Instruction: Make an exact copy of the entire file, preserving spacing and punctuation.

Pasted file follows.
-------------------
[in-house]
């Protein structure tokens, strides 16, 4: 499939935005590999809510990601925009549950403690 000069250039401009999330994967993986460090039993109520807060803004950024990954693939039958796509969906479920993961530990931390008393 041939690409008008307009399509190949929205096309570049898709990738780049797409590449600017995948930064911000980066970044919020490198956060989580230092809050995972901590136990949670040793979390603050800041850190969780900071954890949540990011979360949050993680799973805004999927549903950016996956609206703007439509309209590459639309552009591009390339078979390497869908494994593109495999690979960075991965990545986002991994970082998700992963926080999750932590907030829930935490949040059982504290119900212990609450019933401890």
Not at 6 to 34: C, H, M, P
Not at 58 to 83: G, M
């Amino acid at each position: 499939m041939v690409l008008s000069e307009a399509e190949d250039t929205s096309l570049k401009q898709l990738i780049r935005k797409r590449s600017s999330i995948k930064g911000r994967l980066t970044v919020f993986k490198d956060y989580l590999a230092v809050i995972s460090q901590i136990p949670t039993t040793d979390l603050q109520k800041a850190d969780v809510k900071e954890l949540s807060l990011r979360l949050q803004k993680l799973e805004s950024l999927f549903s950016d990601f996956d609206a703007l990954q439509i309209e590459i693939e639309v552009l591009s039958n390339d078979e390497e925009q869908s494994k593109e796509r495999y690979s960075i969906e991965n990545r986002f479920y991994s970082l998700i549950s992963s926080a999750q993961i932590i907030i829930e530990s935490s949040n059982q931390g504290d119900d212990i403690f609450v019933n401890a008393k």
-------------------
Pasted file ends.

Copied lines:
[in-house]
């Protein structure tokens, strides 16, 4: 499939935005590999809510990601925009549950403690 000069250039401009999330994967993986460090039993109520807060803004950024990954693939039958796509969906479920993961530990931390008393 041939690409008008307009399509190949929205096309570049898709990738780049797409590449600017995948930064911000980066970044919020490198956060989580230092809050995972901590136990949670040793979390603050800041850190969780900071954890949540990011979360949050993680799973805004999927549903950016996956609206703007439509309209590459639309552009591009390339078979390497869908494994593109495999690979960075991965990545986002991994970082998700992963926080999750932590907030829930935490949040059982504290119900212990609450019933401890």
Not at 6 to 34: C, H, M, P
Not at 58 to 83: G, M
């Amino acid at each position: 499939m041939v690409l008008s000069e307009a399509e190949d250039t929205s096309l570049k401009q898709l990738i780049r935005k797409r590449s600017s999330i995948k930064g911000r994967l980066t970044v919020f993986k490198d956060y989580l590999a230092v809050i995972s460090q901590i136990p949670t039993t040793d979390l603050q109520k800041a850190d969780v809510k900071e954890l949540s807060l990011r979360l949050q803004k993680l799973e805004s950024l999927f549903s950016d990601f996956d609206a703007l990954q439509i309209e590459i693939e639309v552009l591009s039958n390339d078979e390497e925009q869908s494994k593109e796509r495999y690979s960075i969906e991965n990545r986002f479920y991994s970082l998700i549950s992963s926080a999750q993961i932590i907030i829930e530990s935490s949040n059982q931390g504290d119900d212990i403690f609450v019933n401890a008393k």